Akira Phan
Akira Phan
Akira Phan Vietnamese musical artis Born: July 25, 1985 (age 36 years), VietnamHeight: 1.72 m Albums: Dung Day Vuon Vai, Dieu Uoc Gian Don, MORE Songs Mùa đông không lạnh Đứng dậy vươn vai · 2001 Lời nguyền Đứng dậy vươn vai · 2001 Dieu uoc gian don Nhung bai hat hay nhat cua Akira
Albinoni
Albinoni
Tomaso Giovanni Albinoni (8 June 1671, Venice, Republic of Venice – 17 January 1751, Venice, Republic of Venice) was a Venetian Baroque composer. While famous in his day as an opera composer, he is mainly remembered today for his instrumental music, some of which is regularly recorded.
Berklee College Of Music
Berklee College Of Music
Berklee College of Music is an independent music conservatory founded in 1945 in Boston, Massachusetts. There are 4000 registered students.
Lev Zemlinski
Lev Zemlinski
Born in 1958, Lev Zemlinski studied in Moscow Telecommunication University (electronics) and Moscow Musical College (jazz piano). While being a student he began his career as a band musician, bandleader and arranger, working with various Moscow band and solo artists. He also studied jazz in Moscow Experimental Jazz Studio - the small island of freedom in the sea of .
Johann Heinrich Schmelzer
Johann Heinrich Schmelzer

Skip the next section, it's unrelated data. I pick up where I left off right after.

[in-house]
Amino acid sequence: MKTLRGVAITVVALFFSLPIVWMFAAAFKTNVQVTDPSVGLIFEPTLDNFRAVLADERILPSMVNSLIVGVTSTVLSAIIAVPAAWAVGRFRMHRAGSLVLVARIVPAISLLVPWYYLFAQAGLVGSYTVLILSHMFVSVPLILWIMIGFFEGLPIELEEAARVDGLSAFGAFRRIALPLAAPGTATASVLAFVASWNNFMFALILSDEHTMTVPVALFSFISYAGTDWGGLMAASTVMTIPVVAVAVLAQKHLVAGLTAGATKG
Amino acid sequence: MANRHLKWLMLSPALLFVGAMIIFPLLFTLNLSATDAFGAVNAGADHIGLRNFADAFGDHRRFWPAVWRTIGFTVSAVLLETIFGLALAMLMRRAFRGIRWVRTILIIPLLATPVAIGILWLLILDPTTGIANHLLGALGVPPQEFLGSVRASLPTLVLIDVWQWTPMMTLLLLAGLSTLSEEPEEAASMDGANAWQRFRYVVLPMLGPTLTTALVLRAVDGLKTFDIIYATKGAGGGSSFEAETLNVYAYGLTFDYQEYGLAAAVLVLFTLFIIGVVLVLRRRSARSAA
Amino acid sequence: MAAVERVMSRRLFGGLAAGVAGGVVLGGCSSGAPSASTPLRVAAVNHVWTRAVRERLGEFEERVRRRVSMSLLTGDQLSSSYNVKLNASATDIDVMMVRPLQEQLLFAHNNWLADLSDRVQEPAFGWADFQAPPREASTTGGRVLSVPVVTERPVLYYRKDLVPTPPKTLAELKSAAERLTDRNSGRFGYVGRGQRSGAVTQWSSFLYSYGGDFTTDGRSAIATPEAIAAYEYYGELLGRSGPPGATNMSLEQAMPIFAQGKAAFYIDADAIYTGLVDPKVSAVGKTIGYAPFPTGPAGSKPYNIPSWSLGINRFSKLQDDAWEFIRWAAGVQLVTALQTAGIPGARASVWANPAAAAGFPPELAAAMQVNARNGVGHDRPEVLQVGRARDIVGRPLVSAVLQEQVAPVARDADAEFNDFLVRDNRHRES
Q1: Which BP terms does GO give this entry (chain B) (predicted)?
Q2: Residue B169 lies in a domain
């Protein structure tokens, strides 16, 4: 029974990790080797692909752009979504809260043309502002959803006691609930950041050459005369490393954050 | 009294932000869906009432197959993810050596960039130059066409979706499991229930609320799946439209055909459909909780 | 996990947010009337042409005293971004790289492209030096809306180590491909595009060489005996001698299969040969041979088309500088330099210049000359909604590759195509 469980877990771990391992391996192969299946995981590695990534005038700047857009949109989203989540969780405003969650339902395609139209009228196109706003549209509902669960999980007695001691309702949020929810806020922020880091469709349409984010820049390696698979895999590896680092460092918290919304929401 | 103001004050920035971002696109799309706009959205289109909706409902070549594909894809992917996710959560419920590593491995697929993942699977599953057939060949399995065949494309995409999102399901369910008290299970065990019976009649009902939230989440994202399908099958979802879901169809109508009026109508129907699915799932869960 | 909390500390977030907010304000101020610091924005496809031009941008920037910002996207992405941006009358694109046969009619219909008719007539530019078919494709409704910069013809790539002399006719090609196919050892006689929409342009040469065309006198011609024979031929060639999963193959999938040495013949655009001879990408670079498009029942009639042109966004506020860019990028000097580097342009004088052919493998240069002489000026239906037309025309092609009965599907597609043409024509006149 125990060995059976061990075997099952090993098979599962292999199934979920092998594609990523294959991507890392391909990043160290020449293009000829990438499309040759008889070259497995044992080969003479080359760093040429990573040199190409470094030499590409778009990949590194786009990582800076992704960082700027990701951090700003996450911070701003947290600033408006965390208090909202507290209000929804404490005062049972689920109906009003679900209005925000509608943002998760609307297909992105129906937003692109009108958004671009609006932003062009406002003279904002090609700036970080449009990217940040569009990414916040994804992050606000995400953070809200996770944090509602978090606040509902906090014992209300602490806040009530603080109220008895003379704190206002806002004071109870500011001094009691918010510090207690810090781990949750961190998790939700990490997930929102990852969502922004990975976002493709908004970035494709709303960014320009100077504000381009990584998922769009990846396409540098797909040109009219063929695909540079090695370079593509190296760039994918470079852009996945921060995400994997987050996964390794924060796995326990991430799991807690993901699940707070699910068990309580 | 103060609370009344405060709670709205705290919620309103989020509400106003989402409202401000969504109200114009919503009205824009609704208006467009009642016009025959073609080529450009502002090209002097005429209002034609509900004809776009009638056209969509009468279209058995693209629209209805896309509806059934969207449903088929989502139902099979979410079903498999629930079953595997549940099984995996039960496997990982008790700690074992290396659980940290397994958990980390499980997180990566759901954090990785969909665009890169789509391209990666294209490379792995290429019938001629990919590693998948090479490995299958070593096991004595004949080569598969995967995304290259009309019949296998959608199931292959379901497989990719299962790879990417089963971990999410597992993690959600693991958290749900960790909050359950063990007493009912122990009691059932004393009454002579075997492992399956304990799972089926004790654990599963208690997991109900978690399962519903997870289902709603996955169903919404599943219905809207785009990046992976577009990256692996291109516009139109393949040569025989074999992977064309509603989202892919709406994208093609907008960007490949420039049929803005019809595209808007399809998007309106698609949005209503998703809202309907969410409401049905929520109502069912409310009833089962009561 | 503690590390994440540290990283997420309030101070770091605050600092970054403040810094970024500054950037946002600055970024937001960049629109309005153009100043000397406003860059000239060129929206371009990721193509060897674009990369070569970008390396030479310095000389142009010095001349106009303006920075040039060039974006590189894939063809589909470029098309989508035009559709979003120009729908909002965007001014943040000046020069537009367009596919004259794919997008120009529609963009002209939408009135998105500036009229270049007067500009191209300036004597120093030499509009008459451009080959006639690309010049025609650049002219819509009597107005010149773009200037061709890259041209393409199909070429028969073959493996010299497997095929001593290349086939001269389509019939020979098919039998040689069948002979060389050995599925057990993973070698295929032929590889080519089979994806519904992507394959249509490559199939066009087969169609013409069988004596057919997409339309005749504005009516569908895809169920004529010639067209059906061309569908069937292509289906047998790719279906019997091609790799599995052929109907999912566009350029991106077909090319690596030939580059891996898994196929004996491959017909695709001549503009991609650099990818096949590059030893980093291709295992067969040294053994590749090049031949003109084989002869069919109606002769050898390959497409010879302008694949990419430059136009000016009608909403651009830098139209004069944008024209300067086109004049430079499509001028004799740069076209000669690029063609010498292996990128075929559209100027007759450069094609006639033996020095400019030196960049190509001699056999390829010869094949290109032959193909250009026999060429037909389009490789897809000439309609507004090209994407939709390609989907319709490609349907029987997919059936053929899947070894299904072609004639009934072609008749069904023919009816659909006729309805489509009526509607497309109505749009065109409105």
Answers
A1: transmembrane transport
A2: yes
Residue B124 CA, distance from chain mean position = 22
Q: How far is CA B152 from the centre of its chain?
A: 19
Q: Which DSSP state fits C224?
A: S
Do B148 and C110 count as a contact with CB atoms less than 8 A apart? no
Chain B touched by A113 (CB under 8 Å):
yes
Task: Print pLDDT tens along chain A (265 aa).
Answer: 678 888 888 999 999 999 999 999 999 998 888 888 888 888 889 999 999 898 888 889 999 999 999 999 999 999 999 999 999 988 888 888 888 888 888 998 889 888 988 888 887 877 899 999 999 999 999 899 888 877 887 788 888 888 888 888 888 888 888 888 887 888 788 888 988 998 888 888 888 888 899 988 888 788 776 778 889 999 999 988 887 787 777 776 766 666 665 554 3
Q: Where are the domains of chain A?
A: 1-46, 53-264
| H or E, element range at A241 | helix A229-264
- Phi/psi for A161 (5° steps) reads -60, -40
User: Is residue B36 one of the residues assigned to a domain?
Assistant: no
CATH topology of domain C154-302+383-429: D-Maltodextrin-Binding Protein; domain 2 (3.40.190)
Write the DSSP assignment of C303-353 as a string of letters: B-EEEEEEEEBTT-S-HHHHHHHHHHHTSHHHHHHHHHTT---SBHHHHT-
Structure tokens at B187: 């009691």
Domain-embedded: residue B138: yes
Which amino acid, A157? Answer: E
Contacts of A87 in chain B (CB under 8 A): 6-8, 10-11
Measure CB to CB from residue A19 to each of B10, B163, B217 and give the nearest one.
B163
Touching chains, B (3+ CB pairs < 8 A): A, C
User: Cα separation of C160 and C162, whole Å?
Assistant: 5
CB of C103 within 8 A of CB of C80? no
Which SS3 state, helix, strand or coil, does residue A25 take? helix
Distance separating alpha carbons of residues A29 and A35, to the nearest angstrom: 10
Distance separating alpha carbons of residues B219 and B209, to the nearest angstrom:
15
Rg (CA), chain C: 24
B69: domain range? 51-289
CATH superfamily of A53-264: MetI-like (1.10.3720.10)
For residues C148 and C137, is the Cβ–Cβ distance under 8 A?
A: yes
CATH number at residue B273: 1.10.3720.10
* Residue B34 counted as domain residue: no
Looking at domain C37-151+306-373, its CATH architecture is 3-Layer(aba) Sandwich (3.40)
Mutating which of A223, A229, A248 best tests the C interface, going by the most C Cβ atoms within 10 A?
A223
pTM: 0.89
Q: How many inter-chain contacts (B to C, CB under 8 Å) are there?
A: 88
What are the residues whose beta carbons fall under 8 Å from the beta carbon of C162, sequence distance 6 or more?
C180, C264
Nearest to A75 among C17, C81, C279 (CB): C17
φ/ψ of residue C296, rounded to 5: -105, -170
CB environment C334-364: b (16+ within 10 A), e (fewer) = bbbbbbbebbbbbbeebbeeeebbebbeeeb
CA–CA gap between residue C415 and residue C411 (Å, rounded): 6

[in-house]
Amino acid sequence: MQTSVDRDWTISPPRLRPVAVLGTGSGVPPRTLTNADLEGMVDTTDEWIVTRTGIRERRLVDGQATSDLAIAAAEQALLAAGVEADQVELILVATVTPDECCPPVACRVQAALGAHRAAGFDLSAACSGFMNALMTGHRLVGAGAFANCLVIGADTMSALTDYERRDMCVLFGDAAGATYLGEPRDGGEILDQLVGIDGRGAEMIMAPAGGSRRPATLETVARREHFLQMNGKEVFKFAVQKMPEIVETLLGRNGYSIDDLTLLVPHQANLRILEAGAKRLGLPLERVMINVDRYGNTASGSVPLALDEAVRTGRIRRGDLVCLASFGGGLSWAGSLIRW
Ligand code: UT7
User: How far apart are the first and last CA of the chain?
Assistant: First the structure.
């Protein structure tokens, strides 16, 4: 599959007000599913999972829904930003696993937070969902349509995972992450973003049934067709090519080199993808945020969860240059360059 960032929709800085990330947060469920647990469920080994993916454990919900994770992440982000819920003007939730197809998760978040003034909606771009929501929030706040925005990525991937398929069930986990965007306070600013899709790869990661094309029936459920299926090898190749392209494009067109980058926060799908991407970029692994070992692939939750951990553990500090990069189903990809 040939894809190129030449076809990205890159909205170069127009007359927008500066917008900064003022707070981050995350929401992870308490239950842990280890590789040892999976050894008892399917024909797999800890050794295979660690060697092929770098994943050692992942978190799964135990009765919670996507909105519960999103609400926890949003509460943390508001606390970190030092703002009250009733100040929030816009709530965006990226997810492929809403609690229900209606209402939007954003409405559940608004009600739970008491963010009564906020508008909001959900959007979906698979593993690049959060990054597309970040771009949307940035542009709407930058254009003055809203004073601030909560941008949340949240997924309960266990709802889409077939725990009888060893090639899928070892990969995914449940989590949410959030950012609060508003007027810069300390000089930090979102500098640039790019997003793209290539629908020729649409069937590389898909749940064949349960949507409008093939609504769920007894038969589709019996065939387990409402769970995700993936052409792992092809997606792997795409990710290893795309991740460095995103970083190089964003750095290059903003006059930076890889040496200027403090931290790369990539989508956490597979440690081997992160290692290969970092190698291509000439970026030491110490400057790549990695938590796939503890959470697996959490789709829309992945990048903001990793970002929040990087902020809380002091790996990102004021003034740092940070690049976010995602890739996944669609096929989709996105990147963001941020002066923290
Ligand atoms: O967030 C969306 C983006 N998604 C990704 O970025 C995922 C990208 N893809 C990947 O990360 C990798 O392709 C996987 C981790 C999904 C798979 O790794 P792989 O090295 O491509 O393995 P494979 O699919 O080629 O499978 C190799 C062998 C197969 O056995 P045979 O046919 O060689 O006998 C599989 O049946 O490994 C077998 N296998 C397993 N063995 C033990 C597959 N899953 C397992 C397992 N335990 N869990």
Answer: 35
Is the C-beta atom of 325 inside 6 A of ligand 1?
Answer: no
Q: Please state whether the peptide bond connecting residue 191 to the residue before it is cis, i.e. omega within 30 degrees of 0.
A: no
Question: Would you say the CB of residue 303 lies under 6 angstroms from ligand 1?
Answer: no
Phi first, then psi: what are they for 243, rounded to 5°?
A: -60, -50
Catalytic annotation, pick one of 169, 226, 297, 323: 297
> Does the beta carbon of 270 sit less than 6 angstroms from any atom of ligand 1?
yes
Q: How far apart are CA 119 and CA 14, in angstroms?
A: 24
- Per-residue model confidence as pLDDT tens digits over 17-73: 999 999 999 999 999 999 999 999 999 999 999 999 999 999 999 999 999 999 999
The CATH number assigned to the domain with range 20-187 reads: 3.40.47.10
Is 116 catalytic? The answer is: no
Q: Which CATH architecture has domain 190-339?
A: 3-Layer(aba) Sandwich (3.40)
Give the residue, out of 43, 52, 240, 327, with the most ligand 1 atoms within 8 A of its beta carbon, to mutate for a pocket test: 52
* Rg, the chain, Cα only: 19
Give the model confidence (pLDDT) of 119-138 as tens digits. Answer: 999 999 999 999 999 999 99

Johann Heinrich Schmelzer (c. 1620–1623 – between 29 February and 20 March 1680) was an Austrian composer and violinist of the middle Baroque era. Almost nothing is known about his early years, but he seems to have arrived in Vienna during the 1630s, and remained composer and musician at the Habsburg court for the rest of his life. He enjoyed a close relationship with Emperor Leopold I, was ennobled by him, and rose to the rank of Kapellmeister in 1679. He died during a plague epidemic only months after getting the position.Schmelzer was one of the most important violinists of the period, and an important influence on later German and Austrian composers for violin. He made substantial contributions to the development of violin technique and promoted the use and development of sonata and suite forms in Austria and South Germany. He was the leading Austrian composer of his generation, and an influence on Heinrich Ignaz Biber.